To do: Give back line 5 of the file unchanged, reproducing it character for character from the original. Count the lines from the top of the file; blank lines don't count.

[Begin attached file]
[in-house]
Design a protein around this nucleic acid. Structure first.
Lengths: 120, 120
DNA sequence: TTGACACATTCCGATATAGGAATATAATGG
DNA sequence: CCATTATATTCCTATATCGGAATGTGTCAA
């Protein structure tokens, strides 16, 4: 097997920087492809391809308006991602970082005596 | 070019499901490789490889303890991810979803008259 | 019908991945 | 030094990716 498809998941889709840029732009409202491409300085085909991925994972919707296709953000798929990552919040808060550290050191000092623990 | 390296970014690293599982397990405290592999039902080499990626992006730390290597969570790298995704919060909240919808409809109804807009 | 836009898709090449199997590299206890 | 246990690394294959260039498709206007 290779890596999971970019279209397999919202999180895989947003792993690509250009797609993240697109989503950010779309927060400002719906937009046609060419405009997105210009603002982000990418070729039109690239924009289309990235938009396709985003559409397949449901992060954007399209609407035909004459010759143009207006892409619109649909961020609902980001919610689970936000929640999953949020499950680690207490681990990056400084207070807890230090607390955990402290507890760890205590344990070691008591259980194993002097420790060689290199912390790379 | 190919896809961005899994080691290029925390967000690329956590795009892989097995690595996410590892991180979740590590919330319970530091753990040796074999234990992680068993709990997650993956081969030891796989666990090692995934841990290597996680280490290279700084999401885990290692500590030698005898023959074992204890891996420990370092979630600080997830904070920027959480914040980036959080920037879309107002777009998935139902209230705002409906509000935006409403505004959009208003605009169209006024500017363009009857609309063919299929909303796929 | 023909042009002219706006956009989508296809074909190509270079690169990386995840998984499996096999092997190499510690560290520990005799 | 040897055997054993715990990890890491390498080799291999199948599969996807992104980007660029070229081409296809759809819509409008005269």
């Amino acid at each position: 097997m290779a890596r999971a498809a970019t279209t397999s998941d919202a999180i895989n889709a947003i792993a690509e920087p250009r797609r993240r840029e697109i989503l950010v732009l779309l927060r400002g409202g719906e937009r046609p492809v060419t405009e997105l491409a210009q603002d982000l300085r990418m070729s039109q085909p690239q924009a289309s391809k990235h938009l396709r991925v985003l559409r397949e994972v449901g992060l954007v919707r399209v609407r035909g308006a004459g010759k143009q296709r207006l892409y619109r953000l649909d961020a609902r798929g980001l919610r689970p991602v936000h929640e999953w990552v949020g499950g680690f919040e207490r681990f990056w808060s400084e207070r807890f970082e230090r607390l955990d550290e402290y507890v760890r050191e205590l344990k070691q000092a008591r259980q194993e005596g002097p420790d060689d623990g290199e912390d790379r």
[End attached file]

DNA sequence: CCATTATATTCCTATATCGGAATGTGTCAA